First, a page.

The great rotation is based on rising interest rates. Consequently, selling long duration assets like bonds and growth stock and buying commodity related assets is key.
The Energy Transition: “Too Much EQ Not Enough IQ”
We support the green decarbonization trend which has led to considerable weakness in the fossil fuel industry; however, politicians’ and policymakers’ overreliance on renewables has naively miscalculated the energy needs of the world. This is especially consequential to 80% of the world which is less economically developed. This poor planning ironically undermines the top priority of the UN’s 17 Sustainability Goals: End Poverty. Poor planning inhibits lifting the living standards of 80% of the world not residing in Europe and North America.
Mark Mills of the Manhattan Institute explains the physics and economics of energy in the must watch YouTube video below:
For this reason, Master Limited Partnership and natural gas investments continue to offer attractive investment return prospects. Natural gas companies are particularly well positioned as natural gas can provide critical power while the energy transition evolves over the next decades.
This letter has focused on asset preservation by highlighting the risks in stocks and bonds. However, there are other risks which should compel your attention. Within the last 12 months we have seen the geopolitical environment worsen.
China has emerged as our military adversary and not just an economic competitor. China’s 1.6 billion people plus its massive technological, industrial, and military advancements has become an increasingly ominous threat. With hypersonic missiles, military islands in the South China Sea, abrogating its British China Treaty regarding Hong Kong, and provocations against Taiwan gaining increased coverage, China could easily rattle our precarious markets.
Likewise, Russia is behaving provocatively toward the Ukraine. Whether it is Russia or China who might invade disputed territories, these threats will undermine the US position as leader of the free world.
Cracking Market Momentum:
The market’s parabolic rise is losing momentum. More and more highfliers are guiding down their estimates and experiencing sharp stock price declines. Consider the charts below of market darlings such as Zoom Video Communications, Inc. (ZM), Peloton Interactive, Inc. (PTON), DocuSign, Inc. (DOCU), and salesforce.com, inc. (CRM). The severity of these declines suggests silly season is over, wild market speculation is cooling, and momentum is waning.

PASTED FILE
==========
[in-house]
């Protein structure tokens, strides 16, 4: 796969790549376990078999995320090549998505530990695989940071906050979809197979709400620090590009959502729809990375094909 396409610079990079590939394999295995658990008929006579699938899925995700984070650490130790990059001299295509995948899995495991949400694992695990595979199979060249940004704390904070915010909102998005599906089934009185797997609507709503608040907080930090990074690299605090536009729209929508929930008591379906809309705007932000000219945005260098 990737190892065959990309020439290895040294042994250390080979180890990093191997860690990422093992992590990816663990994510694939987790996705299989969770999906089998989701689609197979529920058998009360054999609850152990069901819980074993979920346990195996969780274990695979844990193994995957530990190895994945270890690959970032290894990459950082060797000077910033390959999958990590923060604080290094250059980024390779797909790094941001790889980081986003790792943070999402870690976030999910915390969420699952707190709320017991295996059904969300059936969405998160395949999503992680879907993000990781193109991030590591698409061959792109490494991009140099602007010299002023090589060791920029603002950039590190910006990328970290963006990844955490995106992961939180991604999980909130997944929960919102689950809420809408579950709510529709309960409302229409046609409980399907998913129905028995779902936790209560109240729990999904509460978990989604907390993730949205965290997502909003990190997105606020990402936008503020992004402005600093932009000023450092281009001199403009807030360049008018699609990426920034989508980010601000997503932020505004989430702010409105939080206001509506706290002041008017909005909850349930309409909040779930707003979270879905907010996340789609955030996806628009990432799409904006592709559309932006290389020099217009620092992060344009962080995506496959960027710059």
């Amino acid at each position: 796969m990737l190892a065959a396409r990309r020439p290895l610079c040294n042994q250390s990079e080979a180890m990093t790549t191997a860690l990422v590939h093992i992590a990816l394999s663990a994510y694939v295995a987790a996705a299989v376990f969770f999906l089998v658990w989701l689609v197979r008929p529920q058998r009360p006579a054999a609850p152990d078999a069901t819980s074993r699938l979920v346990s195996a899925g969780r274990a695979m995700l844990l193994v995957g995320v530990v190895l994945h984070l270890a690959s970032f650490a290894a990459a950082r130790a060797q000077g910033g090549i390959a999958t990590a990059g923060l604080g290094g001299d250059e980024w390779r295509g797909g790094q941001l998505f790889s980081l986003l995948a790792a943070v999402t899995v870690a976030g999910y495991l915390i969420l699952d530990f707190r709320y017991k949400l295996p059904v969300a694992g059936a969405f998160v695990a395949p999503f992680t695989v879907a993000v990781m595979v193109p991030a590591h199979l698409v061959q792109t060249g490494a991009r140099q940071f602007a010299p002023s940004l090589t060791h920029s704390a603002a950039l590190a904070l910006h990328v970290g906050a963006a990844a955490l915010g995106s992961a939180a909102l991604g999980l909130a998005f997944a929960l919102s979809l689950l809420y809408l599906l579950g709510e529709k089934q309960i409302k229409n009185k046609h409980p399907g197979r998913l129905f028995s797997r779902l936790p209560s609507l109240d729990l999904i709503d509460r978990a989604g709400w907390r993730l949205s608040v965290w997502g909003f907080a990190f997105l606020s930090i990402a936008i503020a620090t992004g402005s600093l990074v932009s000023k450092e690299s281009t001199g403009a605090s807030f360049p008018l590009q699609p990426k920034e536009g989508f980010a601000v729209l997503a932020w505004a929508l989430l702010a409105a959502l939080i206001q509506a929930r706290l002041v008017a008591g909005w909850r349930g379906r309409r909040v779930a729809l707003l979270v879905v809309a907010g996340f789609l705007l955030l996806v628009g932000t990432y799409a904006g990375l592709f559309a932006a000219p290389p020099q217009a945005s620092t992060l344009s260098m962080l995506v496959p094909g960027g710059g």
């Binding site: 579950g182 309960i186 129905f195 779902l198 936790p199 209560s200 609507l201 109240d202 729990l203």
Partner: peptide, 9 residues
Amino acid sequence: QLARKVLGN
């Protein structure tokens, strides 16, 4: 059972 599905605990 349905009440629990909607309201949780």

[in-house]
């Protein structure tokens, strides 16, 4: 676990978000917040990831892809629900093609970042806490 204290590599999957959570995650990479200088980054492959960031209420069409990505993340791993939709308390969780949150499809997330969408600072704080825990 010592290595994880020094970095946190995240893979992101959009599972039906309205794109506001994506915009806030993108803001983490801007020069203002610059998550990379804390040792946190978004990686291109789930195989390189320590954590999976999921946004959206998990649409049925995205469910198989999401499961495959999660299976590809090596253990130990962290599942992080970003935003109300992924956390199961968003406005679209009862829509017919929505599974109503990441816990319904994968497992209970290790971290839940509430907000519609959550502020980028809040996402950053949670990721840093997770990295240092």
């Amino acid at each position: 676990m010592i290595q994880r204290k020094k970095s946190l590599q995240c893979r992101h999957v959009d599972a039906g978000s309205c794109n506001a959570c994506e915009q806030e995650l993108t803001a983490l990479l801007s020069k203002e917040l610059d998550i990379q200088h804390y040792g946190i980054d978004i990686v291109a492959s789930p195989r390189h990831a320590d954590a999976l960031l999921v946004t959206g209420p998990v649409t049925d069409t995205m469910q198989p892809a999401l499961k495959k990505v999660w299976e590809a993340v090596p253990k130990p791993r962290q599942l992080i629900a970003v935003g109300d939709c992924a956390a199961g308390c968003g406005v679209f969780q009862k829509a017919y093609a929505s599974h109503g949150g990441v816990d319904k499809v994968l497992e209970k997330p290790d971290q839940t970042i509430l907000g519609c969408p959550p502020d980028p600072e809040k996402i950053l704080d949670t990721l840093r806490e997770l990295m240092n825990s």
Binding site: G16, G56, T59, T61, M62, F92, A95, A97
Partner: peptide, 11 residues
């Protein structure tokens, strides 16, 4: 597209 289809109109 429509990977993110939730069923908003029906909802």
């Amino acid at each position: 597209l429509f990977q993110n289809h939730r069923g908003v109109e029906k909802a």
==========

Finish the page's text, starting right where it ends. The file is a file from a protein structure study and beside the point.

Source for charts below are from Interactive Brokers Trader Workstation.
Below is the One Year Chart of Zoom Video Communications, Inc. (ZM):
Below is the One Year Chart of Peloton Interactive, Inc. (PTON):
Below is the One Year Chart of DocuSign, Inc. (DOCU):
Below is the One Year Chart of salesforce.com, inc. (CRM):
Momentum is waning and is one of the most highly weighted inputs in quantitative modeling. Quantitative investment decisions drive nearly 80% of market volume. The parabolic rise in the NASDAQ is seeing more frequent and severe pullbacks. Psychology is shifting from buying every dip to selling every rally.
Below is the One Year Chart of the NASDAQ 100 (QQQ):
Below is the five year chart of NASDAQ 100 (QQQ) and it shows a parabolic rise eerily similar to 1929, 1987 and 2000.
Paul Tudor Jones said that parabolic rises never end well.
Conclusion and Investment Ideas:
The keystone 60/40 strategy at the heart of modern investing is broken. The surprising and rapid rise of inflation combined with a reversal in the Federal Reserve accommodation policy has ended the 40 year bull market in bonds. Without the persistent support of ever lower interest rates, equities will face a headwind that could last for years. Traditional investment strategy sits at the precipice of a paradigm shift that could be disruptive for years. Disappointing returns with poor risk managed attributes is driving a sea change in investments. This investment paradigm shift could lead to outflows reversing the most significant driver of capital inflows of the last 40 years.
By adding new commodity related assets, you can add diversification to your assets and gain from the destructive influence of inflation over the coming years. Adding short positions through ETFs which short the stock indexes and bonds can also help you hedge against higher rates and declining stock prices. Floating rate bond funds, inflation hedged Treasuries, and novel interest rate strategy bond funds can help your wealth preservation. While the US has enjoyed a massive multi-year bull market in bonds and large capitalization equities, underinvested sectors like emerging markets, small capitalization stocks, precious metals and private equity can also reduce risk and improve returns.
Recent market weakness and continued positive earnings should lead to a yearend rally. With inflation and Fed Policy undermining the 40 year period of declining interest rates, we anticipate a fundamentally challenging environment for stocks and bonds while both are priced for perfection. A fundamental reassessment of your investment strategy is prudent with the investment sea change unfolding before our eyes.
We welcome your thoughts and comments at this dangerous time.